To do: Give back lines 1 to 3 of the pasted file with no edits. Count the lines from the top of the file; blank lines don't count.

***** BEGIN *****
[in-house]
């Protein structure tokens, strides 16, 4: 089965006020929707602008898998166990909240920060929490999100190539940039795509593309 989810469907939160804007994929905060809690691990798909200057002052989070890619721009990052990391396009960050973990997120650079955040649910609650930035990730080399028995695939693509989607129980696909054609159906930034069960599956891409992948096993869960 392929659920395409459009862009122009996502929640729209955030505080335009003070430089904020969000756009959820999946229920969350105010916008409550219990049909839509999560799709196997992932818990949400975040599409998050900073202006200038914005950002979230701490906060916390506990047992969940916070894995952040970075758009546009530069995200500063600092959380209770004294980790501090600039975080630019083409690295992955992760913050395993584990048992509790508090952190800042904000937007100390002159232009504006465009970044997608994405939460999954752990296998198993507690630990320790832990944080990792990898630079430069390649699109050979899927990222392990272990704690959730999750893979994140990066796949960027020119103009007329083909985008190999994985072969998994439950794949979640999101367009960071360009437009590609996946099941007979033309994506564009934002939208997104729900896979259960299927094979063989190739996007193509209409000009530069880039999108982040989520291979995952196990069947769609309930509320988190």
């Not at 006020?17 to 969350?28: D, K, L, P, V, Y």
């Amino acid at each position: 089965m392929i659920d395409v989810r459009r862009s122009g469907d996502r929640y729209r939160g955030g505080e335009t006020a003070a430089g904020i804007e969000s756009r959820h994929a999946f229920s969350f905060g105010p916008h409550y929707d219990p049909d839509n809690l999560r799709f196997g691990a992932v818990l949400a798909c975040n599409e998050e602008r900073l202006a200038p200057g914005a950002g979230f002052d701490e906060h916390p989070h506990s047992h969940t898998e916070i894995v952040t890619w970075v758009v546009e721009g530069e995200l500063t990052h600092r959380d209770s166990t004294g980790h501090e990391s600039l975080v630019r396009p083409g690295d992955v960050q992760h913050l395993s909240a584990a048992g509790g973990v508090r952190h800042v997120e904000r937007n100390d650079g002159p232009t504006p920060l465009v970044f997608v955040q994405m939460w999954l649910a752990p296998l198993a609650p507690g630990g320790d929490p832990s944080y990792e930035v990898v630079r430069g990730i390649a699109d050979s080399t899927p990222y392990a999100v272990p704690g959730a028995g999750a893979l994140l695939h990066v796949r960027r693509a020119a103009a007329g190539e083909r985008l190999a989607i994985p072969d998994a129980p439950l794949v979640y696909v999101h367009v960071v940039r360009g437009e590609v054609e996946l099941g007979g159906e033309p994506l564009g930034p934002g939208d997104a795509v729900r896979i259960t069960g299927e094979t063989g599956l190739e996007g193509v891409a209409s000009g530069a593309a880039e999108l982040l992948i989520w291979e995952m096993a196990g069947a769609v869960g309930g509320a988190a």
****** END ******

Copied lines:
[in-house]
């Protein structure tokens, strides 16, 4: 089965006020929707602008898998166990909240920060929490999100190539940039795509593309 989810469907939160804007994929905060809690691990798909200057002052989070890619721009990052990391396009960050973990997120650079955040649910609650930035990730080399028995695939693509989607129980696909054609159906930034069960599956891409992948096993869960 392929659920395409459009862009122009996502929640729209955030505080335009003070430089904020969000756009959820999946229920969350105010916008409550219990049909839509999560799709196997992932818990949400975040599409998050900073202006200038914005950002979230701490906060916390506990047992969940916070894995952040970075758009546009530069995200500063600092959380209770004294980790501090600039975080630019083409690295992955992760913050395993584990048992509790508090952190800042904000937007100390002159232009504006465009970044997608994405939460999954752990296998198993507690630990320790832990944080990792990898630079430069390649699109050979899927990222392990272990704690959730999750893979994140990066796949960027020119103009007329083909985008190999994985072969998994439950794949979640999101367009960071360009437009590609996946099941007979033309994506564009934002939208997104729900896979259960299927094979063989190739996007193509209409000009530069880039999108982040989520291979995952196990069947769609309930509320988190």
């Not at 006020?17 to 969350?28: D, K, L, P, V, Y």